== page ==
3) They are high in fibre, which is paramount for detoxification. Fibre is something that we all need more of and veggies have a whopping load of the stuff. If your toilet trips are floundering, you may just need to up your veggie intake. While it may not be a table topic you care to ponder, it really is important to ask yourself the question; how many times do I poo each day? Plain and simple. A number two is our bodies most obvious way of removing waste and toxins, so if it isn’t happening very often, it means that you are holding onto all these nasties in the walls of your intestinal tract. Experts say that once a day is the minimum requirement for your toilet trips, and the evacuation should be brief and effortless. Unfortunately these days, our chemicalized diet is so high in animal proteins, saturated and trans fats and other toxic ingredients, that our liaisons with the loo are lessening dramatically, and our internal ecosystems are paying for it. When our detoxification systems are halted from a lack of fibre filled vegetables, our body’s response is to protect itself from the accumulated toxins in our tissues, surrounding them with a layer of fat and mucous. It’s said that an accumulation of five to twenty pounds of encrusted, putrefying faeces is not uncommon in the western population. Yuck! Over time these deposits increase and increase, and are leeched into the blood stream. This is where symptoms of illness arise. Indigenous cultures that have a high intake of vegetables, and therefore dietary fibre, enjoy superior intestinal health and are virtually free of the diseases of modern civilization. Eating a diet high in vegetables gets this elimination pathway working optimally; speeding up the passage of food residue through the digestive tract. This will lower your risk of colon cancer, and decrease the absorption of toxins from stools. Get things moving by munching on more veggies. High fibre veggies include peas, artichokes, parsnips, green leafies, brussel sprouts, fennel and turnips.
4) They are much lower in fructose than their fruity friends. While fruit is glorious in taste and high in nutrients, most fruits are also high in fructose. Unfortunately, the argument that eating heaps of fruit will give you all your nutritional needs is a bit of hogwash. In fact, you are probably doing your body more harm than good. Did you know that table sugar contains 50% fructose, and a banana contains 55% fructose? Fructose is a type of sugar that is converted directly to fat, and our appetite system does not recognise it either, so we need to eat a heck-of-a-lot of fruit to feel full. This is bad news for our weight. The human body has only been designed to tolerate 1-2 small pieces of fruit a day, max, and just one glass of apple juice, whether fresh or not, contains the equivalent to 10 to 12 teaspoons of sugar! Yikes! Remember that most packaged foods, breads, pretty much everything in the modern diet contains added sugar in the form of fructose as well. So thinking fruit can substitute vegetables is a big no no. The high fructose content causes an acidic digestive tract where illness can thrive, it increases inflammation, suppresses the immune system, and destabilises the body’s homeostasis. Vegetables, on the other hand are bursting with just as many nutrients as fruit, but are over all remarkably lower in fructose.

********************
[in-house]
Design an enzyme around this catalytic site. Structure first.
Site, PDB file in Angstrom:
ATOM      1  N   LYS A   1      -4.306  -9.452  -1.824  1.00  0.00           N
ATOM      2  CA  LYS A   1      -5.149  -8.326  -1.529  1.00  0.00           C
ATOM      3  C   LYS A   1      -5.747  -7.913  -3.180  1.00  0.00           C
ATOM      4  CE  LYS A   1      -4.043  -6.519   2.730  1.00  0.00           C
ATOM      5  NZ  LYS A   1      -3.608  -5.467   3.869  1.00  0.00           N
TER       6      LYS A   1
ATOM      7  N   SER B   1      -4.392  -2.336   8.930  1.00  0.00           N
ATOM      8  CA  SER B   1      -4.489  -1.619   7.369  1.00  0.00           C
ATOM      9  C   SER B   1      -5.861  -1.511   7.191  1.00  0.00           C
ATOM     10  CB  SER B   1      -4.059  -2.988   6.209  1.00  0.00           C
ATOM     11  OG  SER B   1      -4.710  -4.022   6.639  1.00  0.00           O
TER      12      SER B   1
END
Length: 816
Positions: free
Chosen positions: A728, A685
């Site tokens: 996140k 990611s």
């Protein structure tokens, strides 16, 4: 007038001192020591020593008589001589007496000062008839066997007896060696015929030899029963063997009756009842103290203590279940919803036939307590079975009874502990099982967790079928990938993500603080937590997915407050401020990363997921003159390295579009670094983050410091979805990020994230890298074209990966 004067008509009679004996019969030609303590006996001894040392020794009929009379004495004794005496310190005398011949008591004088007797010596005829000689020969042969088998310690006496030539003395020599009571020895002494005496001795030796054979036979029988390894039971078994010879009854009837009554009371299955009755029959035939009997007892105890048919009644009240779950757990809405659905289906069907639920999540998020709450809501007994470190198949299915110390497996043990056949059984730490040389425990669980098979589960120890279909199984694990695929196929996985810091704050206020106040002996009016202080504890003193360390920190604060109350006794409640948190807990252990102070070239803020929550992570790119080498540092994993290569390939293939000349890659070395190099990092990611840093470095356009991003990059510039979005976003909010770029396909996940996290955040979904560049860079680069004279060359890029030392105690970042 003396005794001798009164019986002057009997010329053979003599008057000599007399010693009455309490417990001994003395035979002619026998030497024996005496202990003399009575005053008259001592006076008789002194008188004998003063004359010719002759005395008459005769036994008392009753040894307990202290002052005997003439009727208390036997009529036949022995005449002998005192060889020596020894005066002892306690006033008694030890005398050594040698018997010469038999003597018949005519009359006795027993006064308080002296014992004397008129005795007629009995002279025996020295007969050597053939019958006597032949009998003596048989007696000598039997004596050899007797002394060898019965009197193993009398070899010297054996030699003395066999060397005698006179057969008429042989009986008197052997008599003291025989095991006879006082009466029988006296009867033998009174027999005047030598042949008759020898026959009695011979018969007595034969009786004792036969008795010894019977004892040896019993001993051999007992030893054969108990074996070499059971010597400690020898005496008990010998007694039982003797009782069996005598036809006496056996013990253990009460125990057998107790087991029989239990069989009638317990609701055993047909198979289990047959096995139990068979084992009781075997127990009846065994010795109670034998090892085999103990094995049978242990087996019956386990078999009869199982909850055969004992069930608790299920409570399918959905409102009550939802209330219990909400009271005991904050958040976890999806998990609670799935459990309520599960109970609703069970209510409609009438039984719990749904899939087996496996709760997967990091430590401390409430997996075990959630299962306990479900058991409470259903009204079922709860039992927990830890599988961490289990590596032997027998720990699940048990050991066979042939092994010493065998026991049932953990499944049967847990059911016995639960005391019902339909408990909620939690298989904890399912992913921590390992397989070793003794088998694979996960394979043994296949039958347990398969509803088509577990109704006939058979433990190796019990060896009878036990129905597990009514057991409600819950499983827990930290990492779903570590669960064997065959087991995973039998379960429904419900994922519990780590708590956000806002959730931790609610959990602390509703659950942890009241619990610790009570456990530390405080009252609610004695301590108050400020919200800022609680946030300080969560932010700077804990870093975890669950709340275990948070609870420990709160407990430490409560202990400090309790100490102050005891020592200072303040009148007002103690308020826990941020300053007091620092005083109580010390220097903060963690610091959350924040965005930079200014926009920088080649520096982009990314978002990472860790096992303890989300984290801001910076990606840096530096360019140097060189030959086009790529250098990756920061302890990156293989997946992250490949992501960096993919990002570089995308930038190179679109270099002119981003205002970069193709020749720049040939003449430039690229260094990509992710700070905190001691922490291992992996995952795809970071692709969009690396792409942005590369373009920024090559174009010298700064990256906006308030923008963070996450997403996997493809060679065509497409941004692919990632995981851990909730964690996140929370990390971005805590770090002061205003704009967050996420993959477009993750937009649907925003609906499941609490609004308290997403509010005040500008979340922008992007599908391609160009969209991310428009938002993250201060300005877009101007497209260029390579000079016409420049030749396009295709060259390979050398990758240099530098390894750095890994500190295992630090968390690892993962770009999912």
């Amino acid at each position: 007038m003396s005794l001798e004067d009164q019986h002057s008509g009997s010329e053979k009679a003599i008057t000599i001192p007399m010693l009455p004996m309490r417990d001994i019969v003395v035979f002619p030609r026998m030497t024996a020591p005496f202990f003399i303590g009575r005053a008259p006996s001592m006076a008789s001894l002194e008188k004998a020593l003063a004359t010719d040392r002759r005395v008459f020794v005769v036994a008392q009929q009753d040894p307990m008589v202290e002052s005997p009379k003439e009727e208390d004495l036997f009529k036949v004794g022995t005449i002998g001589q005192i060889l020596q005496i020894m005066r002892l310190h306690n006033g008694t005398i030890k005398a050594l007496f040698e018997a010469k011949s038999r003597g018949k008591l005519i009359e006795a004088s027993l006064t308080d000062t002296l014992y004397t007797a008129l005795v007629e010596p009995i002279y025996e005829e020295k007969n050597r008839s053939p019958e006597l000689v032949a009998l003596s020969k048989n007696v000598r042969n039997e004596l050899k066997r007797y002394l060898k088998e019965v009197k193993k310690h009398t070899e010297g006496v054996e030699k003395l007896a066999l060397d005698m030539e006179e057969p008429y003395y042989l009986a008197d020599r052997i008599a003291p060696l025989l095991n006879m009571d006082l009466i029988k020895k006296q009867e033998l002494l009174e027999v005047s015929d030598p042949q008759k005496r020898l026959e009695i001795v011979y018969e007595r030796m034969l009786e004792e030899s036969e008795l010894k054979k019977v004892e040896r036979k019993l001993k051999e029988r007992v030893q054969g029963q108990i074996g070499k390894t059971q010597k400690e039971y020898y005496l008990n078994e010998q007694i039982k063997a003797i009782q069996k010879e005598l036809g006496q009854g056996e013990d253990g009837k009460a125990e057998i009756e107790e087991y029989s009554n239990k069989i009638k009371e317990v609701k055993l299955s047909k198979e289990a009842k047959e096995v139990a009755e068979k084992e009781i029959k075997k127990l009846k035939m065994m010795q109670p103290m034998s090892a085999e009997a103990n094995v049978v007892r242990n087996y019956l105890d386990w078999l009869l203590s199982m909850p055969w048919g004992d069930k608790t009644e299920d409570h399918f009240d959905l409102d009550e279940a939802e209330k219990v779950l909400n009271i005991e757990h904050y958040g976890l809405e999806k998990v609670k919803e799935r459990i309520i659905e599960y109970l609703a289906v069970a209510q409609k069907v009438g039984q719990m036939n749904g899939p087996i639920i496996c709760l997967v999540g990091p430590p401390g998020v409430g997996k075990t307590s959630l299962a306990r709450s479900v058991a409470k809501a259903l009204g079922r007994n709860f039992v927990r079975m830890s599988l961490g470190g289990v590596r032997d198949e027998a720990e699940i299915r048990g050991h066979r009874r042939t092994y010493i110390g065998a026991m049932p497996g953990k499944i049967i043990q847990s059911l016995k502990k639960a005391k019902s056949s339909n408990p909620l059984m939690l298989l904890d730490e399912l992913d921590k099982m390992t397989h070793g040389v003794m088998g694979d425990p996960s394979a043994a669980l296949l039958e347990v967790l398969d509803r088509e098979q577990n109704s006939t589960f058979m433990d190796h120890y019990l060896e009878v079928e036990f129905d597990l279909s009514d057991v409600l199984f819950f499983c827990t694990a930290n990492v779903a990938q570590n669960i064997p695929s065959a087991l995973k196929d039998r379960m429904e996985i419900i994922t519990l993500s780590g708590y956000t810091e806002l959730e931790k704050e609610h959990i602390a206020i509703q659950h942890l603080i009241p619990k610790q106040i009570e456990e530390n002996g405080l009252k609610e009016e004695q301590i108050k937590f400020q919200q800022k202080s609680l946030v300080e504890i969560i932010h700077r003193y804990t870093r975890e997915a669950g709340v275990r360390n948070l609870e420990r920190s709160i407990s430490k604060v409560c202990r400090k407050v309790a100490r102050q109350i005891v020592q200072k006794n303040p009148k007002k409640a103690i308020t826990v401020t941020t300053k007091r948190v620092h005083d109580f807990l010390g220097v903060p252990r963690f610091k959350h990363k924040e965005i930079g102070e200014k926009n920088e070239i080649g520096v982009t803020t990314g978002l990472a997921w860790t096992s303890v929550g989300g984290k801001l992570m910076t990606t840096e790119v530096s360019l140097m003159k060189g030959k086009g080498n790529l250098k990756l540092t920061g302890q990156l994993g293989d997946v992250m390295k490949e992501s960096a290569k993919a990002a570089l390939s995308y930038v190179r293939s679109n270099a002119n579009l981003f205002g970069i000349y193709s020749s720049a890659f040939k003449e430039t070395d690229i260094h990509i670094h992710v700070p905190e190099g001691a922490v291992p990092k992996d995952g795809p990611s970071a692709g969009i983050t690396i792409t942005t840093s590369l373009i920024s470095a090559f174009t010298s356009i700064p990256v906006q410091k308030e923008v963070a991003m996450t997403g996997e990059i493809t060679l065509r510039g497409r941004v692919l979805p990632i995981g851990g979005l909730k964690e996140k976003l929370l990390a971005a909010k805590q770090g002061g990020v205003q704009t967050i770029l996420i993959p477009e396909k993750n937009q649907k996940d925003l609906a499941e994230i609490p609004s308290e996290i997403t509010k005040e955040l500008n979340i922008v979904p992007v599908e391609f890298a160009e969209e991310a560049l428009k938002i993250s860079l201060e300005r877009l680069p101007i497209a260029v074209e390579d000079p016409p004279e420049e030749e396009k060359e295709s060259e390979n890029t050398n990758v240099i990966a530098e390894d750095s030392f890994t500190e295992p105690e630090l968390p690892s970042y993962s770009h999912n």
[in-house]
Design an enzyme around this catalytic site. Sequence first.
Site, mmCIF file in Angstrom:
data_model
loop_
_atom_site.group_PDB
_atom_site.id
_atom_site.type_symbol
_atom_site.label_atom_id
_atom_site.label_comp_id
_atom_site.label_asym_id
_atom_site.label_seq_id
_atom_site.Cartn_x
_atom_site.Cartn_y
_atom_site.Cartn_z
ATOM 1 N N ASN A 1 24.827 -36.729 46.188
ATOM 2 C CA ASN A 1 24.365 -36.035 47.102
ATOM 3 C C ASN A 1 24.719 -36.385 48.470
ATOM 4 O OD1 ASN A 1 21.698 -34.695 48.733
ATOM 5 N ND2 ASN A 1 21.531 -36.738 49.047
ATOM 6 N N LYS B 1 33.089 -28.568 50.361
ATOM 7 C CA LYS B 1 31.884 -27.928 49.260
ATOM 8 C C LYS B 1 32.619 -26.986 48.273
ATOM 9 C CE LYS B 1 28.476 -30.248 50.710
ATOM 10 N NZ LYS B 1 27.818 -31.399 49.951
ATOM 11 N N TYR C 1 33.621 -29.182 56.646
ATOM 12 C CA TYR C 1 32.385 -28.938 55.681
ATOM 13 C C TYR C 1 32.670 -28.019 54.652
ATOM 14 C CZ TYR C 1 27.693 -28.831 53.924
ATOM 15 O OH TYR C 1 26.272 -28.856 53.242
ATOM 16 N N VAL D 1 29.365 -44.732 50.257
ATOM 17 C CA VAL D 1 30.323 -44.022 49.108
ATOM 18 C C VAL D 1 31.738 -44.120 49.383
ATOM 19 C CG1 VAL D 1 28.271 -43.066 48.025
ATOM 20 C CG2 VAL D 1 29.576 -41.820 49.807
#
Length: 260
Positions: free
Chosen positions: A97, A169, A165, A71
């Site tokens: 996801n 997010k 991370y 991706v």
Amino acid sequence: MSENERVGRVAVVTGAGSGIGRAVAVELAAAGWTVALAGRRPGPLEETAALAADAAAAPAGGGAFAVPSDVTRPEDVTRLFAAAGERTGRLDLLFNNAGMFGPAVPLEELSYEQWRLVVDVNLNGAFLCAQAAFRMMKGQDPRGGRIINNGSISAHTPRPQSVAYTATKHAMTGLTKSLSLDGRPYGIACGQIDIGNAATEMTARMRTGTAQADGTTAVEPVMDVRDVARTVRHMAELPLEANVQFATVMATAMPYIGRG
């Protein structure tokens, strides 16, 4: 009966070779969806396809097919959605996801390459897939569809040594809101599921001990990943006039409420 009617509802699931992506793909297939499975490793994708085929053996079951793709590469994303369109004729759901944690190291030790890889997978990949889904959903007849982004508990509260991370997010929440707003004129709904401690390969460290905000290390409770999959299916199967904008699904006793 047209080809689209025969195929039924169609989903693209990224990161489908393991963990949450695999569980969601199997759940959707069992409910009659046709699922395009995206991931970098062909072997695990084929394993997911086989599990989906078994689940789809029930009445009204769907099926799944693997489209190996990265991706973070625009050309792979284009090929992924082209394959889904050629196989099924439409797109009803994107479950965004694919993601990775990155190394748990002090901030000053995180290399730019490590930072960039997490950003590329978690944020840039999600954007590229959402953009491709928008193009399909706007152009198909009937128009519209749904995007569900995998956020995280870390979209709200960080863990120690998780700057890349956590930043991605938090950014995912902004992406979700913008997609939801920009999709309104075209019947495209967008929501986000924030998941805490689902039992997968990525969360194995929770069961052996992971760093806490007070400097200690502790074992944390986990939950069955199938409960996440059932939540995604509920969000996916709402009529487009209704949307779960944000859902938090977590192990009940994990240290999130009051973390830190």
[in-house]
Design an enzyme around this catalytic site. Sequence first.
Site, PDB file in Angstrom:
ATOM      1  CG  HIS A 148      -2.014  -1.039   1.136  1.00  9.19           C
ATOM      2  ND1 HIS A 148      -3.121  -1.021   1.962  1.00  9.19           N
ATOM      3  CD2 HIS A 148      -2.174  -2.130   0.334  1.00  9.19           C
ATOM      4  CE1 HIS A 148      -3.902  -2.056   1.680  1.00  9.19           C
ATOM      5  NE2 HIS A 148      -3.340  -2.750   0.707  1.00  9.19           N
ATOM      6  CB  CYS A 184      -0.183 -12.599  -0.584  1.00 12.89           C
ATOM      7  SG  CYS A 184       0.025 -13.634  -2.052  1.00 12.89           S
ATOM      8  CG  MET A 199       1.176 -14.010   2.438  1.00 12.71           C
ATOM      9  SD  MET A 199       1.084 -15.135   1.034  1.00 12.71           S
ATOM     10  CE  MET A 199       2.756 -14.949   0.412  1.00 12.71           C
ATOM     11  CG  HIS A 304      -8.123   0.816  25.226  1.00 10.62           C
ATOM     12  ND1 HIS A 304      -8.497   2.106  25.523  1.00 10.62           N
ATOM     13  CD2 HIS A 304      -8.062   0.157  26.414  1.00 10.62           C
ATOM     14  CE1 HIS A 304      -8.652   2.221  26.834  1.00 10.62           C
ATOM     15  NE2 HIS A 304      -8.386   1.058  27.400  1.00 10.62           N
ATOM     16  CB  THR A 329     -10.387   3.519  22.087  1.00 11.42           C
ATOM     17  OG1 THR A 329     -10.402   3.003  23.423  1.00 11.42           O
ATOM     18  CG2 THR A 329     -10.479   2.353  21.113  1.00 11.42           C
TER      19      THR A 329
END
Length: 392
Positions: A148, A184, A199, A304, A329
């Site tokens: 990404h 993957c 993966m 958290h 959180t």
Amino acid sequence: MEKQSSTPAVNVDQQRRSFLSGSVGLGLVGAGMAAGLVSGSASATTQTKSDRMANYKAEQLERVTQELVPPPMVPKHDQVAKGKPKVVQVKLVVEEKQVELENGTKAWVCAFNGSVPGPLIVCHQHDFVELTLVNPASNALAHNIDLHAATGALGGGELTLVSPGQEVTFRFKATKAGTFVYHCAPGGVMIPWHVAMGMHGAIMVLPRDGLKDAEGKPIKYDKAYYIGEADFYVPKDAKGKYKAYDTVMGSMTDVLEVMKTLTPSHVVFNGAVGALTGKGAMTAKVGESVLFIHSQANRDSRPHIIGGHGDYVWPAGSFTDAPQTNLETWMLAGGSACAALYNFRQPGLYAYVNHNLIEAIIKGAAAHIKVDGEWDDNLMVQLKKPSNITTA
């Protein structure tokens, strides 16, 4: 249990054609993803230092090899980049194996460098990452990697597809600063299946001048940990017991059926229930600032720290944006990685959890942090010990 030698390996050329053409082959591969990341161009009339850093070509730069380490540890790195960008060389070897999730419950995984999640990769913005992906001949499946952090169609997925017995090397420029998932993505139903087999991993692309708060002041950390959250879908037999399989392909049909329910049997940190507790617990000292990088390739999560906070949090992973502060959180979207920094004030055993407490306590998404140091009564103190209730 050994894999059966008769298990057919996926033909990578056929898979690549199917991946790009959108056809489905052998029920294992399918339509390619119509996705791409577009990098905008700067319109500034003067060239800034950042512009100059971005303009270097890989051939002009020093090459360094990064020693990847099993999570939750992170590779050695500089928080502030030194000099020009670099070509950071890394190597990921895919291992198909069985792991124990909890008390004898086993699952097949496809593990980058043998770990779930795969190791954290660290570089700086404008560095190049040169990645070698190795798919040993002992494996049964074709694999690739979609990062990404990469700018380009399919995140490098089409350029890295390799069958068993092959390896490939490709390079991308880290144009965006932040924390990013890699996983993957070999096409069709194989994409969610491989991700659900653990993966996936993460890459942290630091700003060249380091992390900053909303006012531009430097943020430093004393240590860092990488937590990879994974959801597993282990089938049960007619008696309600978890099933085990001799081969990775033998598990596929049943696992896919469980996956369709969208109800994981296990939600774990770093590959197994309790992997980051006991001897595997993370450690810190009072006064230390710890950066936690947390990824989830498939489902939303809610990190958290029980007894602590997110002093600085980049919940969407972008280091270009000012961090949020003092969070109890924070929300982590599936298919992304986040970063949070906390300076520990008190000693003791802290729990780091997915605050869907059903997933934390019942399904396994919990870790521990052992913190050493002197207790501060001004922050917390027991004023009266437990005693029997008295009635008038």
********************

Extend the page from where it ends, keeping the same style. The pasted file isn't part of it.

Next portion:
5) They are a ninja against disease. Wanna turn your body into an environment that chronic disease wouldn’t dare step his toes into? Eating oodles of veggies is the first step. For example, cruciferous vegetables like kale, collard greens and broccoli are known to be serious cancer fighters. They are super high in antioxidants, making them wonderful for inflammation, and scavenging the free radicals which lead to the growth of cancerous cells. Green vegetables are also bursting with chlorophyll. Chlorophyll is the molecule that absorbs sunlight and uses its energy to synthesise carbohydrates from carbon dioxide and water; also known as photosynthesis. This fascinating property is also wonderful when consumed through your veggies, as it oxygenates the blood, improves circulation, reduces DNA damage, fights infection, is anti-carcinogenic, and detoxifies the body of heavy metals. Vegetables are also highly alkalising. A highly acidic environment is where illness will be having a field day, and eating a diet with heaps of raw veggies; especially green vegetables, is a sure fire way to keep yourself in a healthy balance of acid and alkaline. Juicing is one of the best ways that you can increase your veggie intake and experience the alkalising benefits. Green juices work especially well. Fresh vegetable juices are full of living enzymes, vitamins, minerals and antioxidants that will give your body the best support to keep its healing systems working optimally, ward of chronic disease as well as providing you with loads of energy.
Well there you have it. If you haven’t been ploughing through your vegetables, hopefully this will be enough to convince you. It is my number one form of health insurance.
Remember to always choose certified organic if possible, as you will get the best quality source of living nutrients, free from pesticides, herbicides and other added chemicals. These days there are hundreds of online organic delivery businesses that will deliver you fresh, local organic veg straight to your door. The local farmers market is another top way to get the highest-quality veg, and most sellers are at least chemical free. Purchasing this way will also mean that the produce hasn’t travelled over continents to get to your shopping trolley; it’s better for your body, and the environment!
Happy Cooking 🙂